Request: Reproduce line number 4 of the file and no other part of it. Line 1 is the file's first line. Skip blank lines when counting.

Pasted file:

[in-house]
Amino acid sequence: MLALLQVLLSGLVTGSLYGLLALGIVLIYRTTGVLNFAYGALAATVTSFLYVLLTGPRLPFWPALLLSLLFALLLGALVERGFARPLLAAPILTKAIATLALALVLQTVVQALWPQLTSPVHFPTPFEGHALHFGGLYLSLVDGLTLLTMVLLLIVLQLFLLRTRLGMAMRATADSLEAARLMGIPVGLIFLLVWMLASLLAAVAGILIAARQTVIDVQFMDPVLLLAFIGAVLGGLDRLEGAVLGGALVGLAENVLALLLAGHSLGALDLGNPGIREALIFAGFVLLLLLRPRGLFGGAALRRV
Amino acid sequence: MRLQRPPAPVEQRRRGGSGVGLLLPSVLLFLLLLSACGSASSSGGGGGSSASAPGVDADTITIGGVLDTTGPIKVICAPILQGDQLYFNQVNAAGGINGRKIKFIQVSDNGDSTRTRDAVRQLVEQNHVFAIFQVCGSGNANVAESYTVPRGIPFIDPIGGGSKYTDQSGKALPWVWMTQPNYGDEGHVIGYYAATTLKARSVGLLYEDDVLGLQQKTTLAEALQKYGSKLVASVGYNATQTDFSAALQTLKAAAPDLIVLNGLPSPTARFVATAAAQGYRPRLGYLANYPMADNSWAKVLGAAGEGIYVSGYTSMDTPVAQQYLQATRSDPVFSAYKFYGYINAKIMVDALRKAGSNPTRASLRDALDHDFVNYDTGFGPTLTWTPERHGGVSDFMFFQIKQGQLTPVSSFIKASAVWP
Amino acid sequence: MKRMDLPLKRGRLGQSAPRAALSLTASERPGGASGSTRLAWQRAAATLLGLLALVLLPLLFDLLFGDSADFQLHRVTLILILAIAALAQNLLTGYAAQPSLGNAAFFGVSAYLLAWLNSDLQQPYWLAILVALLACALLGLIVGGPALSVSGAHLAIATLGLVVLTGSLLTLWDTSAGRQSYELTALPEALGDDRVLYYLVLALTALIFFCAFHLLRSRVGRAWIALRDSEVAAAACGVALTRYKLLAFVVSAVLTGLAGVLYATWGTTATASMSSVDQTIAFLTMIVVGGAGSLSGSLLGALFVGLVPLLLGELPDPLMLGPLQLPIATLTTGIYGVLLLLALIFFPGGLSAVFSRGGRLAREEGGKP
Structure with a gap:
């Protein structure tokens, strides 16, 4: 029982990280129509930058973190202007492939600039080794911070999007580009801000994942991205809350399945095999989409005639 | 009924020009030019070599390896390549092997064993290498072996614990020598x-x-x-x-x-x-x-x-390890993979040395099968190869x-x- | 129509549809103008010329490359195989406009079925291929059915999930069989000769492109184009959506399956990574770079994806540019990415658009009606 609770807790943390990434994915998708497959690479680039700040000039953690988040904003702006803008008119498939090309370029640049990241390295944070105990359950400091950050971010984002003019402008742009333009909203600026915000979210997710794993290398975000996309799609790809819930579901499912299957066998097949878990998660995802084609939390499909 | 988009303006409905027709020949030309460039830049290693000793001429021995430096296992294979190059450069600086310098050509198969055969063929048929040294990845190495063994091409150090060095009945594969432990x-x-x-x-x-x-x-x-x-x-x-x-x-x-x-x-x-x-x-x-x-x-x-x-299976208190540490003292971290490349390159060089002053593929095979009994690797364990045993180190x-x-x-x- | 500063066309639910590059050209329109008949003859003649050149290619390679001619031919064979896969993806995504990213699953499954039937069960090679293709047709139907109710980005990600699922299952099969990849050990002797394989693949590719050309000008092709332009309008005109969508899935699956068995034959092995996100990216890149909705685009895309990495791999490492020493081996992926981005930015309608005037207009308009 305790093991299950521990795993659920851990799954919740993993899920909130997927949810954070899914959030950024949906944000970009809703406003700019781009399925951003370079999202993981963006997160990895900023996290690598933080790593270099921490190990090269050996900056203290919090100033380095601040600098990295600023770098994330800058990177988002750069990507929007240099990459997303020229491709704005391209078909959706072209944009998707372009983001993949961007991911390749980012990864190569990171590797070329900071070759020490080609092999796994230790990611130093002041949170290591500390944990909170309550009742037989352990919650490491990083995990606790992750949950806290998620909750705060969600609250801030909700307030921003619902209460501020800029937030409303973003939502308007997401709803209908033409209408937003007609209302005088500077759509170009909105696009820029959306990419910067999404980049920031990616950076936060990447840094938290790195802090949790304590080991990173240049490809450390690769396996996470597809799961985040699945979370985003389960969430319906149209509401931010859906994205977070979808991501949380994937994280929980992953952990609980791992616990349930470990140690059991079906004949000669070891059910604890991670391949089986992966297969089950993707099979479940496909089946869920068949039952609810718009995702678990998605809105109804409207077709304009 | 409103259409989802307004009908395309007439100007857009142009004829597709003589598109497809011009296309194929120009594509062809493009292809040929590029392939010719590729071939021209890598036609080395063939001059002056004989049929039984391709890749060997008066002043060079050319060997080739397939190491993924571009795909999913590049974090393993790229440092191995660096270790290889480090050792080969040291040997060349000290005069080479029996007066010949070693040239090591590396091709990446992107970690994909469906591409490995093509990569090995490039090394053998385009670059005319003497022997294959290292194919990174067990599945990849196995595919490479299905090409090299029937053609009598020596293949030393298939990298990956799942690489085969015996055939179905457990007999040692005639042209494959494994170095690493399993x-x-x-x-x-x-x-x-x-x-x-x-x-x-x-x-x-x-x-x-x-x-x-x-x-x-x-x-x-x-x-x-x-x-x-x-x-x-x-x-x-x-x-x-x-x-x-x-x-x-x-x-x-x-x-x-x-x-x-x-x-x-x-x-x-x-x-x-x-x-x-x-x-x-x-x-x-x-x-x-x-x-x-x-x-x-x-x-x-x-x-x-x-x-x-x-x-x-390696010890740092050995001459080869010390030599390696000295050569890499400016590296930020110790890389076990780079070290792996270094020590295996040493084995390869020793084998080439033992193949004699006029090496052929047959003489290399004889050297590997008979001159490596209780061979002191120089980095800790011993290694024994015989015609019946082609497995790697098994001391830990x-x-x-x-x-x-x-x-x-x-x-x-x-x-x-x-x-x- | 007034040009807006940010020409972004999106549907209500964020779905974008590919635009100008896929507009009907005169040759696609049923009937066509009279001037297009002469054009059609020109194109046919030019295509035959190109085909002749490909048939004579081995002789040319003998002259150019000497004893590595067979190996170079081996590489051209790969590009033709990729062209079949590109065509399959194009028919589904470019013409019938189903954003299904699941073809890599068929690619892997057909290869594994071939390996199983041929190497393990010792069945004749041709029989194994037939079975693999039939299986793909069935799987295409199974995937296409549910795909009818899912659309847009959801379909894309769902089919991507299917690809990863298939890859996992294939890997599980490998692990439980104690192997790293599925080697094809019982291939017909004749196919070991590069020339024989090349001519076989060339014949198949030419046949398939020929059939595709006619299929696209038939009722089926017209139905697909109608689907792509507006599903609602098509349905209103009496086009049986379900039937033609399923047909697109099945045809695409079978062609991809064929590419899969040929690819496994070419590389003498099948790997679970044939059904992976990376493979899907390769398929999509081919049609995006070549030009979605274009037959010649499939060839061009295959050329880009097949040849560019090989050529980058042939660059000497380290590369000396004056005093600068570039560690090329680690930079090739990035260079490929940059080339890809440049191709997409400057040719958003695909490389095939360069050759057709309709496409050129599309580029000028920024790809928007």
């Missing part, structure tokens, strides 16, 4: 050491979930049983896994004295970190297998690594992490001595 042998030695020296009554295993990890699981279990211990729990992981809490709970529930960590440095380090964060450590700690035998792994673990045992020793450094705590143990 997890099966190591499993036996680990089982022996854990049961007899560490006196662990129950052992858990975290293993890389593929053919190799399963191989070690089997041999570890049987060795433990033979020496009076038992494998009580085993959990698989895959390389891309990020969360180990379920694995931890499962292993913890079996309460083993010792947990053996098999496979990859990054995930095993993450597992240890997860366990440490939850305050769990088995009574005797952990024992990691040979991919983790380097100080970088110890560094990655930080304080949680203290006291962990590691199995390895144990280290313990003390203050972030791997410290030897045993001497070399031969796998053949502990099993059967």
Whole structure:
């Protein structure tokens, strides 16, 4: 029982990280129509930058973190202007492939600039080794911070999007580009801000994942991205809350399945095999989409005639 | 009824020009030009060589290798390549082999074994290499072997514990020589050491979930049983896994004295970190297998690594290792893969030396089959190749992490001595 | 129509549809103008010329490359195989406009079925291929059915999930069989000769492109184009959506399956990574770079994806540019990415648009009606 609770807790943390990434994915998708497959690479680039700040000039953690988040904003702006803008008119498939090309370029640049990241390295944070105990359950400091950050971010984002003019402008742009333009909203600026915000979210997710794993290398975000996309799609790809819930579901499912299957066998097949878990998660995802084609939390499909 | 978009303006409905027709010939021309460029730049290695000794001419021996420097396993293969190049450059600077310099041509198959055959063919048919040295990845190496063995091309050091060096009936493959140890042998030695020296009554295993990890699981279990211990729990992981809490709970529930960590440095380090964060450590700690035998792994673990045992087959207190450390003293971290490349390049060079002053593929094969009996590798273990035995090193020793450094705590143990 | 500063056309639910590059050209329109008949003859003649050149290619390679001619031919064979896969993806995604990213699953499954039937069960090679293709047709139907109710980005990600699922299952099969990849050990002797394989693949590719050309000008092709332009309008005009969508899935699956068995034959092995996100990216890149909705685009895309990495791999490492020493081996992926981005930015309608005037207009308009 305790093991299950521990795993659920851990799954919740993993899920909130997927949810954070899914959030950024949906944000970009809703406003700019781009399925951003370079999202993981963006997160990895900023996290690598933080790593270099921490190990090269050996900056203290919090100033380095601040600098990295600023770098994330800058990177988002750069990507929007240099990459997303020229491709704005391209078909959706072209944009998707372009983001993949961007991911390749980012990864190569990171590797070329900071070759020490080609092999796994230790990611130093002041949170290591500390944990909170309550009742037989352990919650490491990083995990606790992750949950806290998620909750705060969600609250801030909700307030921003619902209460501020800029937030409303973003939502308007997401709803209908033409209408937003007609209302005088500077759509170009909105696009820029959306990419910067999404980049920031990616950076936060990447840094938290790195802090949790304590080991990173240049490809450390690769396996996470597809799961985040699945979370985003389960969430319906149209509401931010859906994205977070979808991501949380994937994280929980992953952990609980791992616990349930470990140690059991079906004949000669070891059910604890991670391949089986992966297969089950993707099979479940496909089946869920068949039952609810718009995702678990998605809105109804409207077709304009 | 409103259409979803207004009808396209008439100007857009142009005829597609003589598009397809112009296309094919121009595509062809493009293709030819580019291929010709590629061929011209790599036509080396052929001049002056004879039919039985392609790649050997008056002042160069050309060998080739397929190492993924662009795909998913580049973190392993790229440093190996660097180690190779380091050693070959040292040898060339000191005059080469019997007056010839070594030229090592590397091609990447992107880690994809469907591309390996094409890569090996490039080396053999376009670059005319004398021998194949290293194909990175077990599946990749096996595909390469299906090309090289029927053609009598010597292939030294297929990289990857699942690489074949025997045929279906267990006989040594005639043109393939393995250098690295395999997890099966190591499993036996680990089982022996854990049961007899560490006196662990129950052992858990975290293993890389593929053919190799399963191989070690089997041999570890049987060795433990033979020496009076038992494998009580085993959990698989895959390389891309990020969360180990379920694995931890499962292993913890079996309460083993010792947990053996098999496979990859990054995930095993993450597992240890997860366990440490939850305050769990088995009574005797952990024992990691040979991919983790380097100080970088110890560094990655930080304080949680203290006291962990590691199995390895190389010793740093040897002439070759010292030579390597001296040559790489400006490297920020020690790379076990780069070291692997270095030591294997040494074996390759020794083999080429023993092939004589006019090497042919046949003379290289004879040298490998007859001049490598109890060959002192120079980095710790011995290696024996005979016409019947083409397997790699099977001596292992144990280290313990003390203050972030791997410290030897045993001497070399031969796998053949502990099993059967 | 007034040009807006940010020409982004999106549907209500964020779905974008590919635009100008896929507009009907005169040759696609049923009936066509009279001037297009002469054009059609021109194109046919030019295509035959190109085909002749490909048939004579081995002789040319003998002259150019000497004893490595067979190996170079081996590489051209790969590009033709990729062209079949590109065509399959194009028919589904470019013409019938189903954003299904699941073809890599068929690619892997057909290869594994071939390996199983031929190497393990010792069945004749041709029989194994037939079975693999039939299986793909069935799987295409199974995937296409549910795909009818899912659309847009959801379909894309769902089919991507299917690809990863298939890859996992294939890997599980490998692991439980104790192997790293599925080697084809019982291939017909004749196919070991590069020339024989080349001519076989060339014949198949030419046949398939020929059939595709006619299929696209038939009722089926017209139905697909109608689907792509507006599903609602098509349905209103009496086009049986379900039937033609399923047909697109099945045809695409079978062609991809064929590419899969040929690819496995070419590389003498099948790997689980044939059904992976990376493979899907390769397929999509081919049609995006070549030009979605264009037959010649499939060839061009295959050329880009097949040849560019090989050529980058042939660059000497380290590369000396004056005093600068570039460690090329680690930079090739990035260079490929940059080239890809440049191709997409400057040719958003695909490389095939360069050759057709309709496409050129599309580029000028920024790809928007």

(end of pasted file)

Amino acid sequence: MKRMDLPLKRGRLGQSAPRAALSLTASERPGGASGSTRLAWQRAAATLLGLLALVLLPLLFDLLFGDSADFQLHRVTLILILAIAALAQNLLTGYAAQPSLGNAAFFGVSAYLLAWLNSDLQQPYWLAILVALLACALLGLIVGGPALSVSGAHLAIATLGLVVLTGSLLTLWDTSAGRQSYELTALPEALGDDRVLYYLVLALTALIFFCAFHLLRSRVGRAWIALRDSEVAAAACGVALTRYKLLAFVVSAVLTGLAGVLYATWGTTATASMSSVDQTIAFLTMIVVGGAGSLSGSLLGALFVGLVPLLLGELPDPLMLGPLQLPIATLTTGIYGVLLLLALIFFPGGLSAVFSRGGRLAREEGGKP